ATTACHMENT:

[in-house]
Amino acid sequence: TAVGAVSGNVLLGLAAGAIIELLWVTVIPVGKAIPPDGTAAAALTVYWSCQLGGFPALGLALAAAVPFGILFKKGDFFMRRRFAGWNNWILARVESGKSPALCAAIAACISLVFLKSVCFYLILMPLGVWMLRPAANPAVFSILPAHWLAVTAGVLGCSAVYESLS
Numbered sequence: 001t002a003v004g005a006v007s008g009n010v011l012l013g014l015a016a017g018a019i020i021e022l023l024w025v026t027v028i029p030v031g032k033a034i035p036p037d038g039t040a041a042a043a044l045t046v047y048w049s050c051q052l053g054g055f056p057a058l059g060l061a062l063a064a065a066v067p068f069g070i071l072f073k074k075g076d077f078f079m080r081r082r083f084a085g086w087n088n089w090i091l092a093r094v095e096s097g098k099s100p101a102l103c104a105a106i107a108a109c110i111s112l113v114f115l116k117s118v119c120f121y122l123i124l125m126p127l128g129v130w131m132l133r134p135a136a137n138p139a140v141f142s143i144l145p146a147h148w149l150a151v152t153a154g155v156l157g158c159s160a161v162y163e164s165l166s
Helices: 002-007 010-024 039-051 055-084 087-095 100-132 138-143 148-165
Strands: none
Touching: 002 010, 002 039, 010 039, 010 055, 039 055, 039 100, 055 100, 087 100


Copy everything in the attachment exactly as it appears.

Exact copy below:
[in-house]
Amino acid sequence: TAVGAVSGNVLLGLAAGAIIELLWVTVIPVGKAIPPDGTAAAALTVYWSCQLGGFPALGLALAAAVPFGILFKKGDFFMRRRFAGWNNWILARVESGKSPALCAAIAACISLVFLKSVCFYLILMPLGVWMLRPAANPAVFSILPAHWLAVTAGVLGCSAVYESLS
Numbered sequence: 001t002a003v004g005a006v007s008g009n010v011l012l013g014l015a016a017g018a019i020i021e022l023l024w025v026t027v028i029p030v031g032k033a034i035p036p037d038g039t040a041a042a043a044l045t046v047y048w049s050c051q052l053g054g055f056p057a058l059g060l061a062l063a064a065a066v067p068f069g070i071l072f073k074k075g076d077f078f079m080r081r082r083f084a085g086w087n088n089w090i091l092a093r094v095e096s097g098k099s100p101a102l103c104a105a106i107a108a109c110i111s112l113v114f115l116k117s118v119c120f121y122l123i124l125m126p127l128g129v130w131m132l133r134p135a136a137n138p139a140v141f142s143i144l145p146a147h148w149l150a151v152t153a154g155v156l157g158c159s160a161v162y163e164s165l166s
Helices: 002-007 010-024 039-051 055-084 087-095 100-132 138-143 148-165
Strands: none
Touching: 002 010, 002 039, 010 039, 010 055, 039 055, 039 100, 055 100, 087 100